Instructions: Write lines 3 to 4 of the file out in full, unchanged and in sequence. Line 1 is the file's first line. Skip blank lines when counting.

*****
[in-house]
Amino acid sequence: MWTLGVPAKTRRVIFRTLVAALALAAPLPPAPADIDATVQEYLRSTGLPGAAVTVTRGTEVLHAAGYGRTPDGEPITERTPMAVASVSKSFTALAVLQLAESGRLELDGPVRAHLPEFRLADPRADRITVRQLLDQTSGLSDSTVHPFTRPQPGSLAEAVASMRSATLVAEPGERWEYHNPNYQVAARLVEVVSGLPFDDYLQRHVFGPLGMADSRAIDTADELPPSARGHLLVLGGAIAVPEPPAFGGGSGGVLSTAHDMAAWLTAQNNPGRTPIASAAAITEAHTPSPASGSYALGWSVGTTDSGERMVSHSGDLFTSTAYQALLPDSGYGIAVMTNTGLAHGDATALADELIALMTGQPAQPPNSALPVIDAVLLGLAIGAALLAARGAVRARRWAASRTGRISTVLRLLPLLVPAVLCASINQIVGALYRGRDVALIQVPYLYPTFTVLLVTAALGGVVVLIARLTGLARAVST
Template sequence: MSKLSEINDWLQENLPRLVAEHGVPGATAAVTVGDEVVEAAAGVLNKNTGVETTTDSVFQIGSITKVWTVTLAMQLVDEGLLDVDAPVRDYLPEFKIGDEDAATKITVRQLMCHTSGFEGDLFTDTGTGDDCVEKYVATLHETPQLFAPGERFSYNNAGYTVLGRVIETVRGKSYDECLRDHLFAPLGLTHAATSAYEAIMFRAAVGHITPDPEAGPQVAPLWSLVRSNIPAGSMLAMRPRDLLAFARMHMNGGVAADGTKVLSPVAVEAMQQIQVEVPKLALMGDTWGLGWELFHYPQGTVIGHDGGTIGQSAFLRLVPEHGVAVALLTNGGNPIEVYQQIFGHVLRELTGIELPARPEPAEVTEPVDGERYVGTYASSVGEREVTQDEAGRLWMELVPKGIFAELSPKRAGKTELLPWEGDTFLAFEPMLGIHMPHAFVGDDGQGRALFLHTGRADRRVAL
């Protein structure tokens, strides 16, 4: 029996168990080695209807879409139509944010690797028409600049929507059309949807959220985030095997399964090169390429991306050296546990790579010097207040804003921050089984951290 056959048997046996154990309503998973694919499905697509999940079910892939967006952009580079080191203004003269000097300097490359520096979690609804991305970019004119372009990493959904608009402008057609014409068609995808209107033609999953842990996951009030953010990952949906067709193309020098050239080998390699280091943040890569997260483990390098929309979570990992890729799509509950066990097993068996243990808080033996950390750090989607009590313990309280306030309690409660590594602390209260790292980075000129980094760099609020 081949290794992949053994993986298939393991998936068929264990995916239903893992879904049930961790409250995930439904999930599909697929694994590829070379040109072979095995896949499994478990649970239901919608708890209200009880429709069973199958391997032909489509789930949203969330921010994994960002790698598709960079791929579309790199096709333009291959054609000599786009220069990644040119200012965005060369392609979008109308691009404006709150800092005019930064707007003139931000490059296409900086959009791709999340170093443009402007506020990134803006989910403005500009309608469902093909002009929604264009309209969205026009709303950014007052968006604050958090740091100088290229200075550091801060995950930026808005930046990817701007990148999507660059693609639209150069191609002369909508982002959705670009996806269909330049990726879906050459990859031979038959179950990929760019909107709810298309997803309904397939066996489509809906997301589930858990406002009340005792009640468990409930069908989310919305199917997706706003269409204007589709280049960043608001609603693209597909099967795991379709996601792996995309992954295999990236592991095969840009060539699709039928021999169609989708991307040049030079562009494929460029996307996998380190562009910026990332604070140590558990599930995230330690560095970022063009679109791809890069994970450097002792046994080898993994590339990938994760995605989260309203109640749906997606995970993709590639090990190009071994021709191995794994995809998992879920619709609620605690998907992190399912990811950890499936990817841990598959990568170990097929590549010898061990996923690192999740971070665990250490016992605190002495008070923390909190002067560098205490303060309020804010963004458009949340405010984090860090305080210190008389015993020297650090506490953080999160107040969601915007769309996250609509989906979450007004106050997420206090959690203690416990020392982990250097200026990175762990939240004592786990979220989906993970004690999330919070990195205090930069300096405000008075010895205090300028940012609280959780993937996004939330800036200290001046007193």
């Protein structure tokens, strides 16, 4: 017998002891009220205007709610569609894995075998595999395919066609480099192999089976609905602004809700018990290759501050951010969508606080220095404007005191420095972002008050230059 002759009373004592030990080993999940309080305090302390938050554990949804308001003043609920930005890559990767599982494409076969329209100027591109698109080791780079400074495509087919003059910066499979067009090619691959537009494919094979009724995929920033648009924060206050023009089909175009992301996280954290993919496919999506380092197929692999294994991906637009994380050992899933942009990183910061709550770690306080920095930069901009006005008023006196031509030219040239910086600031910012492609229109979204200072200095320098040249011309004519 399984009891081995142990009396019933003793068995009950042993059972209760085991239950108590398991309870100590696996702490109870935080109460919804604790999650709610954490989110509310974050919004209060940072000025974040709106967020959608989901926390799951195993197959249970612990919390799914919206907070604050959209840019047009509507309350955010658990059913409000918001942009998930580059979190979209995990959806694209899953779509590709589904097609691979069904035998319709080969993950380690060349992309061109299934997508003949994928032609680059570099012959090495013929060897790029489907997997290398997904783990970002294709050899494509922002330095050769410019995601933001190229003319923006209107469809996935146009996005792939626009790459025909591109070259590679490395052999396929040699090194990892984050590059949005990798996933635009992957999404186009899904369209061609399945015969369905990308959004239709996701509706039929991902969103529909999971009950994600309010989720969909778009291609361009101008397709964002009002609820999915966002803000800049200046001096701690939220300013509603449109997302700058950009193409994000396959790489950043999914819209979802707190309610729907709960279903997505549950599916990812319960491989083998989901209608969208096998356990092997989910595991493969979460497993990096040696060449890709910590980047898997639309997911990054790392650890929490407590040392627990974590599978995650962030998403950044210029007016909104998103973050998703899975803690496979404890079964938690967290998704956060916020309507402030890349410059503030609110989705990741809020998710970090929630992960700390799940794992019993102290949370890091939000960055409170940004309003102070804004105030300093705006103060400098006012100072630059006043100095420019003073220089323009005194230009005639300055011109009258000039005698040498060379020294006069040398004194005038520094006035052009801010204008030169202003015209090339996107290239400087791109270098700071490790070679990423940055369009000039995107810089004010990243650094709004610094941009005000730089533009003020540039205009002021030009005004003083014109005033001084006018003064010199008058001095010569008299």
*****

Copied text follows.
Template sequence: MSKLSEINDWLQENLPRLVAEHGVPGATAAVTVGDEVVEAAAGVLNKNTGVETTTDSVFQIGSITKVWTVTLAMQLVDEGLLDVDAPVRDYLPEFKIGDEDAATKITVRQLMCHTSGFEGDLFTDTGTGDDCVEKYVATLHETPQLFAPGERFSYNNAGYTVLGRVIETVRGKSYDECLRDHLFAPLGLTHAATSAYEAIMFRAAVGHITPDPEAGPQVAPLWSLVRSNIPAGSMLAMRPRDLLAFARMHMNGGVAADGTKVLSPVAVEAMQQIQVEVPKLALMGDTWGLGWELFHYPQGTVIGHDGGTIGQSAFLRLVPEHGVAVALLTNGGNPIEVYQQIFGHVLRELTGIELPARPEPAEVTEPVDGERYVGTYASSVGEREVTQDEAGRLWMELVPKGIFAELSPKRAGKTELLPWEGDTFLAFEPMLGIHMPHAFVGDDGQGRALFLHTGRADRRVAL
């Protein structure tokens, strides 16, 4: 029996168990080695209807879409139509944010690797028409600049929507059309949807959220985030095997399964090169390429991306050296546990790579010097207040804003921050089984951290 056959048997046996154990309503998973694919499905697509999940079910892939967006952009580079080191203004003269000097300097490359520096979690609804991305970019004119372009990493959904608009402008057609014409068609995808209107033609999953842990996951009030953010990952949906067709193309020098050239080998390699280091943040890569997260483990390098929309979570990992890729799509509950066990097993068996243990808080033996950390750090989607009590313990309280306030309690409660590594602390209260790292980075000129980094760099609020 081949290794992949053994993986298939393991998936068929264990995916239903893992879904049930961790409250995930439904999930599909697929694994590829070379040109072979095995896949499994478990649970239901919608708890209200009880429709069973199958391997032909489509789930949203969330921010994994960002790698598709960079791929579309790199096709333009291959054609000599786009220069990644040119200012965005060369392609979008109308691009404006709150800092005019930064707007003139931000490059296409900086959009791709999340170093443009402007506020990134803006989910403005500009309608469902093909002009929604264009309209969205026009709303950014007052968006604050958090740091100088290229200075550091801060995950930026808005930046990817701007990148999507660059693609639209150069191609002369909508982002959705670009996806269909330049990726879906050459990859031979038959179950990929760019909107709810298309997803309904397939066996489509809906997301589930858990406002009340005792009640468990409930069908989310919305199917997706706003269409204007589709280049960043608001609603693209597909099967795991379709996601792996995309992954295999990236592991095969840009060539699709039928021999169609989708991307040049030079562009494929460029996307996998380190562009910026990332604070140590558990599930995230330690560095970022063009679109791809890069994970450097002792046994080898993994590339990938994760995605989260309203109640749906997606995970993709590639090990190009071994021709191995794994995809998992879920619709609620605690998907992190399912990811950890499936990817841990598959990568170990097929590549010898061990996923690192999740971070665990250490016992605190002495008070923390909190002067560098205490303060309020804010963004458009949340405010984090860090305080210190008389015993020297650090506490953080999160107040969601915007769309996250609509989906979450007004106050997420206090959690203690416990020392982990250097200026990175762990939240004592786990979220989906993970004690999330919070990195205090930069300096405000008075010895205090300028940012609280959780993937996004939330800036200290001046007193």